A researcher at the University of San Diego, California (USCD) made an accidental discovery several years back after he silenced a gene called PTB in mouse fibroblasts, cells in connective tissue. Within weeks, almost all of the fibroblasts were gone, and the rest had transformed into neurons.
Now, researchers in the same lab are applying that discovery to Parkinson’s disease in the hopes of creating a one-time gene therapy to replace the dopamine-producing neurons that are lost to the disease.
The UCSD team developed a gene therapy technique that cripples the ability of the PTB gene to produce a functioning protein. In mouse models of Parkinson’s, the gene therapy turned supportive cells called astrocytes into dopamine-producing neurons, erasing symptoms of the disease, the researchers reported in the journal Nature.
The gene therapy created by the UCSD team consists of a viral vector that carries a piece of DNA called an antisense oligonucleotide into cells. The DNA binds to the RNA that codes for PTB, shutting off the production of the PTB protein and allowing neurons to form.
"Researchers around the world have tried many ways to generate neurons in the lab, using stem cells and other means,” said Xiang-Dong Fu, Ph.D., professor of cellular and molecular medicine at UCSD School of Medicine, in a statement. "The fact that we could produce so many neurons in such a relatively easy way came as a big surprise."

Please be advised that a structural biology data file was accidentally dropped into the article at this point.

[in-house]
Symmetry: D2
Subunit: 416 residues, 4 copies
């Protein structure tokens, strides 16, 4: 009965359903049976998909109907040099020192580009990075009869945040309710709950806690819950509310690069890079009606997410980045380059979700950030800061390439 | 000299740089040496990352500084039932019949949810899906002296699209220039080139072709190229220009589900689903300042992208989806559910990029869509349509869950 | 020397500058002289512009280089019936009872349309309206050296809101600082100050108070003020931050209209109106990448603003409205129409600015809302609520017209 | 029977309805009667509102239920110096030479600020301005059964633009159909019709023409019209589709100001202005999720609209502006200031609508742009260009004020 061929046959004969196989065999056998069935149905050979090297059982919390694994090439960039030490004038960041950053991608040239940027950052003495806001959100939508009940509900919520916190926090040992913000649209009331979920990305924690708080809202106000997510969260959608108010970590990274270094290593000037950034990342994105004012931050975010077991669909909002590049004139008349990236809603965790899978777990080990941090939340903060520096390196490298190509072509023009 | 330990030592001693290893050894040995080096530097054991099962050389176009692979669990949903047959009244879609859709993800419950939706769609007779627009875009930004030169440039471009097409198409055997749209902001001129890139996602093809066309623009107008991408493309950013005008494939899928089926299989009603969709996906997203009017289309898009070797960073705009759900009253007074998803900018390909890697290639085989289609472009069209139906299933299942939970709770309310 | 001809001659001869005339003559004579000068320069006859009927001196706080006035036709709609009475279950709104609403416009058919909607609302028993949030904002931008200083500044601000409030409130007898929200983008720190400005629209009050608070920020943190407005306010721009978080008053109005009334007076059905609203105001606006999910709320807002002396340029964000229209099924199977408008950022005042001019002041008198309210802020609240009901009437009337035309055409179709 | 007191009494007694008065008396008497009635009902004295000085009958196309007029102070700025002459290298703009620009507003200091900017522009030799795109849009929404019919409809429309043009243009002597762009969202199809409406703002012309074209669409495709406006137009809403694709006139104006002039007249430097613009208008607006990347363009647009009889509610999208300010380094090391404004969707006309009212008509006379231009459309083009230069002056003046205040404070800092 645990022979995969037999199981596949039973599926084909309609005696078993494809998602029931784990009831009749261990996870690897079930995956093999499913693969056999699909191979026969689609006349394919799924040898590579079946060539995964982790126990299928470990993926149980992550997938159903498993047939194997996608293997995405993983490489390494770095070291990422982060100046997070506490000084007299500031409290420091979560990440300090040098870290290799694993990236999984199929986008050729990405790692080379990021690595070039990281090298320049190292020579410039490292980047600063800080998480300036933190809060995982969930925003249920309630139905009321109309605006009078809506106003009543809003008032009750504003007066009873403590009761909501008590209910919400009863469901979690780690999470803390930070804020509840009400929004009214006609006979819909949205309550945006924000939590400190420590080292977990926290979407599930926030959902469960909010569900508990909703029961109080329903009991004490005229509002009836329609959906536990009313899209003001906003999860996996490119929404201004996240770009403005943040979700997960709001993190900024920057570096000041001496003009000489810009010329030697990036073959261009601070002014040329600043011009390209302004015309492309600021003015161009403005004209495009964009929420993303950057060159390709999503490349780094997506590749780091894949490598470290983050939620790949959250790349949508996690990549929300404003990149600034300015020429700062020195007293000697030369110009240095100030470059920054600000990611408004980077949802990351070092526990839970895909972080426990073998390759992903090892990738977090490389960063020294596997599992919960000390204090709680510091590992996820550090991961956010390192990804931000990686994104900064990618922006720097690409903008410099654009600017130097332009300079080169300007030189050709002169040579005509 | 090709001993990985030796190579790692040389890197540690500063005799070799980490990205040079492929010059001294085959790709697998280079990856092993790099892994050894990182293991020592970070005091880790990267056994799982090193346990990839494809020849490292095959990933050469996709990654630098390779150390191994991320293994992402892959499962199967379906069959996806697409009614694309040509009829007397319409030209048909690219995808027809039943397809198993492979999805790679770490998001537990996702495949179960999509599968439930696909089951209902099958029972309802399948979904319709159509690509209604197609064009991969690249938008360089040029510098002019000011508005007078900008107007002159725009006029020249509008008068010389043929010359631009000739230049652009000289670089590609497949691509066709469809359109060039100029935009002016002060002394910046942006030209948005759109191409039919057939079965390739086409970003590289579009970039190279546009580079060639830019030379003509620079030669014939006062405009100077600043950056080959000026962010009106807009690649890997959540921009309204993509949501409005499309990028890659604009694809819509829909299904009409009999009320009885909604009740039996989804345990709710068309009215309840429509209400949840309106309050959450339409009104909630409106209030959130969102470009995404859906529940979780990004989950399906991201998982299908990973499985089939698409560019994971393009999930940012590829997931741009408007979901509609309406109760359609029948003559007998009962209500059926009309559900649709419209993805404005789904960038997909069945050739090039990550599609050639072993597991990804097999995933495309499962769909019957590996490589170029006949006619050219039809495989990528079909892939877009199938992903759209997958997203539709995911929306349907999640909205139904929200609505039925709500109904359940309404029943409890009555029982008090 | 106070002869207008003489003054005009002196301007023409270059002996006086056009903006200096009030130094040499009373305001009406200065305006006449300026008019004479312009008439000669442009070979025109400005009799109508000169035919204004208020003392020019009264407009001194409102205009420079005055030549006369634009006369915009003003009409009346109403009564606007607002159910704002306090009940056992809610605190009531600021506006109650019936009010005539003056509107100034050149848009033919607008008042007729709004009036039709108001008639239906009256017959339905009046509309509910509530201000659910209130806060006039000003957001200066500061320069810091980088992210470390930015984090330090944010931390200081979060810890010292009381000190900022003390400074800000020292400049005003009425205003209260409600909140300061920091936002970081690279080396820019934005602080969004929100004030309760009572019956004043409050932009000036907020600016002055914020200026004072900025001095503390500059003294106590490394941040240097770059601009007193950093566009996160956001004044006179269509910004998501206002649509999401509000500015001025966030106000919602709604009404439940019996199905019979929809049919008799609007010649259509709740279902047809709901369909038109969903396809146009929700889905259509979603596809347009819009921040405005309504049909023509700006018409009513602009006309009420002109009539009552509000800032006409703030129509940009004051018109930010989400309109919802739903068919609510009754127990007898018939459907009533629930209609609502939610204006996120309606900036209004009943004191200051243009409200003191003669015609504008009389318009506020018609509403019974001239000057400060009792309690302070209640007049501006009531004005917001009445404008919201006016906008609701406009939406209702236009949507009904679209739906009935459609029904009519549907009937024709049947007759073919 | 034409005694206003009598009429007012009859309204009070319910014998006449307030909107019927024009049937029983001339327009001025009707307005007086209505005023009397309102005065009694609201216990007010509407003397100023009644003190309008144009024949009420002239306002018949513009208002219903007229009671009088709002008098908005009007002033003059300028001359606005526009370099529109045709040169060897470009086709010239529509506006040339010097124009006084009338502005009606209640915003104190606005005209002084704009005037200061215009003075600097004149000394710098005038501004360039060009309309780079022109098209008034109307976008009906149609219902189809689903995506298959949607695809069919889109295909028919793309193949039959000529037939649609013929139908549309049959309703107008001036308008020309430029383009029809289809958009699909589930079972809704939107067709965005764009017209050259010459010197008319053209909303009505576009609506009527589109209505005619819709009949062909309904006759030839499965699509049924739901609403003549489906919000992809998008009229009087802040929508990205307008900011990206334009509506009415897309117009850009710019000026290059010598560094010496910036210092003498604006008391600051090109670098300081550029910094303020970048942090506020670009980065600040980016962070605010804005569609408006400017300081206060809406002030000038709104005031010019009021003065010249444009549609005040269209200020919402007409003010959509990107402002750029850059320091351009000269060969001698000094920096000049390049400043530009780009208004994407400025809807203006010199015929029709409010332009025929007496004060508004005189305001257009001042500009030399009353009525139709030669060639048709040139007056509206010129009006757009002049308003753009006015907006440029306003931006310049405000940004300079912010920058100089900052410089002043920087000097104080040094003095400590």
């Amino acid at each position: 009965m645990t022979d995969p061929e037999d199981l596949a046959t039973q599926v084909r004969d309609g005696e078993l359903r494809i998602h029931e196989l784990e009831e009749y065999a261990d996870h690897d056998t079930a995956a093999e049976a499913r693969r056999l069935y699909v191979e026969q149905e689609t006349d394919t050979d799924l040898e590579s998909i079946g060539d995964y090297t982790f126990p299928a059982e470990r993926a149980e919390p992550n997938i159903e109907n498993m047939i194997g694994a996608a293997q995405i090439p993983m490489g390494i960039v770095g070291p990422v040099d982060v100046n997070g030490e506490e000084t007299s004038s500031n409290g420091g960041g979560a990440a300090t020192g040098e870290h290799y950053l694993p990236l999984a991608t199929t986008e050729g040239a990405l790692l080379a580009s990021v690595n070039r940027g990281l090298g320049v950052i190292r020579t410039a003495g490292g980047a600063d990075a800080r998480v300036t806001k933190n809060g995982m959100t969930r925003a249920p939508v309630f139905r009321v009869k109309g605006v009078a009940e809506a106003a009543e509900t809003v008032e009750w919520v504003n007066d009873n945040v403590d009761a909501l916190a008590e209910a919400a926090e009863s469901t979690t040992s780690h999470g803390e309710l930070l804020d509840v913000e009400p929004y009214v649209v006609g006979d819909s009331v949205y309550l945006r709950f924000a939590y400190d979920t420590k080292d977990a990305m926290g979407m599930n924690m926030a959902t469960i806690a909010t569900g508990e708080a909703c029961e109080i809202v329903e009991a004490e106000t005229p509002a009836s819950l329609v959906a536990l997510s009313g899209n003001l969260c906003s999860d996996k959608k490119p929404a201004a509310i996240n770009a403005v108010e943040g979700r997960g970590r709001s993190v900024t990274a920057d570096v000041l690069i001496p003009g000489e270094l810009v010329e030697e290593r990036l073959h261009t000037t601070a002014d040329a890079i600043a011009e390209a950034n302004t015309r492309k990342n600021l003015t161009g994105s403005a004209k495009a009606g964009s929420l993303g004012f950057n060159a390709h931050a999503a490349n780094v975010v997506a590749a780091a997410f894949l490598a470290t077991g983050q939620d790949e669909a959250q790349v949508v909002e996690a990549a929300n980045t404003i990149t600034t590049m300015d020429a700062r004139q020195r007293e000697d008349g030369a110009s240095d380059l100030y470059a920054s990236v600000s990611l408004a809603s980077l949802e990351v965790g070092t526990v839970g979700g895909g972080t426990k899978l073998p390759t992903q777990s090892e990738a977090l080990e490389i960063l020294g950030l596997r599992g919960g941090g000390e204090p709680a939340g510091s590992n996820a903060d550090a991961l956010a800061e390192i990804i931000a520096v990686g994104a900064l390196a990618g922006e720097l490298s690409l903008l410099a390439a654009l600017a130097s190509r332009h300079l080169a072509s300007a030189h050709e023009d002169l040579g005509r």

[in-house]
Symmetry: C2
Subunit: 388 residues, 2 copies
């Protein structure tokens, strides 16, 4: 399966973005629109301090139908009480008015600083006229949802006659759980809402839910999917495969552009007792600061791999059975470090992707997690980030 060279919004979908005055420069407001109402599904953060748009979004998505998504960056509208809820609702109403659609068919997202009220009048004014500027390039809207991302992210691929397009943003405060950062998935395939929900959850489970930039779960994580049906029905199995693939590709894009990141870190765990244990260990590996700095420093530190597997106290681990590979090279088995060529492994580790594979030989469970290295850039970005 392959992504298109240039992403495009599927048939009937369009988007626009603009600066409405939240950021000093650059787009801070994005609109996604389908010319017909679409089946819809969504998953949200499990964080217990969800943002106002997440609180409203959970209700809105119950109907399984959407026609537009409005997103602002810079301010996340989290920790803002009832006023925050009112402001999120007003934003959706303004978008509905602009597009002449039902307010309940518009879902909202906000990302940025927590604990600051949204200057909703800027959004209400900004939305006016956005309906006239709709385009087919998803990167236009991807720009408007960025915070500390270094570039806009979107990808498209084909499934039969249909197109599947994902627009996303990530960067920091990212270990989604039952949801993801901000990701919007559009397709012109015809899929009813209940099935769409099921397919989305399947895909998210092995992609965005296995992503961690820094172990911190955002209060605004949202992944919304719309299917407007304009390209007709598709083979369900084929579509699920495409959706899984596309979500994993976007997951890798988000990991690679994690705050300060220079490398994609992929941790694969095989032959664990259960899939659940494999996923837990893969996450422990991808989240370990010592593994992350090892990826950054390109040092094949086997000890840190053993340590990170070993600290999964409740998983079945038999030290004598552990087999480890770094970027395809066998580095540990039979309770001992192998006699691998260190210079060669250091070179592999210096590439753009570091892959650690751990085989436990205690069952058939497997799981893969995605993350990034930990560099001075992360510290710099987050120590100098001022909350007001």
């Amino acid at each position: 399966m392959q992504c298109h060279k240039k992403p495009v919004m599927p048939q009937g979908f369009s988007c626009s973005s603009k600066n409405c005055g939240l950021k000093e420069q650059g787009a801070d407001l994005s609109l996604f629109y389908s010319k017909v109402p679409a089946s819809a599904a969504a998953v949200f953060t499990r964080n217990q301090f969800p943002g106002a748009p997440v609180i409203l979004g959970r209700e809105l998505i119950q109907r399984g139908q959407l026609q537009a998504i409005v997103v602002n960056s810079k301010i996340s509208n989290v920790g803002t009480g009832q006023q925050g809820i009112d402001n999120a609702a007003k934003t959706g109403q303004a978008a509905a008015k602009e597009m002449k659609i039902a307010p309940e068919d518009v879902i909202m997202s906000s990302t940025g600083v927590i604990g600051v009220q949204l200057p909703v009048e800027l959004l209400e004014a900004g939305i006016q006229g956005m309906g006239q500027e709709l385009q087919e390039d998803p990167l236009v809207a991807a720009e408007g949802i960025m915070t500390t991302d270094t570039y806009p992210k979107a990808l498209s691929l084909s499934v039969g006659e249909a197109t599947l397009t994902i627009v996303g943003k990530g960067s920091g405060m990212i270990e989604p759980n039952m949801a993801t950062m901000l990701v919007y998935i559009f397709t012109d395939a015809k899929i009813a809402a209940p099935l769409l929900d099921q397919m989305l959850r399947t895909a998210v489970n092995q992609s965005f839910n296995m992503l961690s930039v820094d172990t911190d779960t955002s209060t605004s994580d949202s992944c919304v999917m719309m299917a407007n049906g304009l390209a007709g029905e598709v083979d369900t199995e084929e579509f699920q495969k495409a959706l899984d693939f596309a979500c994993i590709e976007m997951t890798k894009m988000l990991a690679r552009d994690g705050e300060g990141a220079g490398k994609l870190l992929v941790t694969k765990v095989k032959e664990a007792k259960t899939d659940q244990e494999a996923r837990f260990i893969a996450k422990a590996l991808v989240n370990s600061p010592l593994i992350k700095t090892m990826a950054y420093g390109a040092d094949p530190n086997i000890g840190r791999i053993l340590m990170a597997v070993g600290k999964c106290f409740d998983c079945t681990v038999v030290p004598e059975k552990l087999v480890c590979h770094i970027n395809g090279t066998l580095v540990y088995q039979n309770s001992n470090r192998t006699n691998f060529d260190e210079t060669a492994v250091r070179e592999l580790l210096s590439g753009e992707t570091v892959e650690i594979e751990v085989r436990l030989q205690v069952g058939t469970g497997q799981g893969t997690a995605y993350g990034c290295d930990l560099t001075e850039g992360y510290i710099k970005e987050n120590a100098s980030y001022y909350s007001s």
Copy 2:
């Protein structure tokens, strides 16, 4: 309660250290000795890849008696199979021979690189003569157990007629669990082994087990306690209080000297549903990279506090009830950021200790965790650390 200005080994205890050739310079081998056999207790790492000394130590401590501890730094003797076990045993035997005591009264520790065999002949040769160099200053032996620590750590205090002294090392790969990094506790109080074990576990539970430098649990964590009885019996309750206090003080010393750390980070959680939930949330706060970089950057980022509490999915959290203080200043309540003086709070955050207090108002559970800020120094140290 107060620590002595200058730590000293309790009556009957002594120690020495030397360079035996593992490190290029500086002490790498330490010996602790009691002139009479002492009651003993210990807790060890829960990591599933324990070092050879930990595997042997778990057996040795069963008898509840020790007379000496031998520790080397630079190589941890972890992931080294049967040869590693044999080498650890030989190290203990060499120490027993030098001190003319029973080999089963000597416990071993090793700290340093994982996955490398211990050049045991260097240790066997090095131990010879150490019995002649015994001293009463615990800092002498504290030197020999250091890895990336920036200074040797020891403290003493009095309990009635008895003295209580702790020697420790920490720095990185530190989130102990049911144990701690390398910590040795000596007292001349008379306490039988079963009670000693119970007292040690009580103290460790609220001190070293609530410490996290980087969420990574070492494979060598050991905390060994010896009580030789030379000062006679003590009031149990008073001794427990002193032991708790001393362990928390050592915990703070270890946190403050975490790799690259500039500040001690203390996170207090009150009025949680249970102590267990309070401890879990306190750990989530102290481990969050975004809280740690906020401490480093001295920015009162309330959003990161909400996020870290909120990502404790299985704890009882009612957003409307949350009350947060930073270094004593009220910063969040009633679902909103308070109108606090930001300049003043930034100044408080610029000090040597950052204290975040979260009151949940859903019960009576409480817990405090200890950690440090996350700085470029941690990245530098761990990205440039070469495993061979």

The UCSD team delivered the gene therapy to the midbrain of the mice and compared them with animals that got a sham procedure. The population of neurons in the brains of mice that received the treatment jumped 30%, and their dopamine levels returned to normal. The control mice saw no improvements, the researchers reported.
Within three months of the gene therapy, the treated mice were able to move their limbs normally, and they remained free of Parkinson’s symptoms for the rest of their lives, the team added.
Antisense oligonucleotides are already being used in neurodegenerative diseases. Biogen’s Spinraza to treat spinal muscular atrophy is an antisense oligonucleotide drug, as are many experimental medicines. Earlier this month, Eli Lilly formed a $20 million deal with Evox Therapeutics, which is using the approach to develop treatments for Duchenne muscular dystrophy and several neurological disorders.
Meanwhile, some research groups are exploring other gene-based approaches to Parkinson’s. Last year, a team at Mount Sinai knocked out the gene STMN2 in mice and discovered that nine other genes related to Parkinson’s were activated—a finding that could lead to new treatment pathways. Startup Prevail Therapeutics is developing a gene therapy to treat Parkinson’s that’s caused by mutations in the GBA1 gene.
The next step for the UCSD team is to optimize the gene therapy and test it in mouse models of genetic Parkinson’s. They’ve patented the technique with plans to further optimize it for testing in people.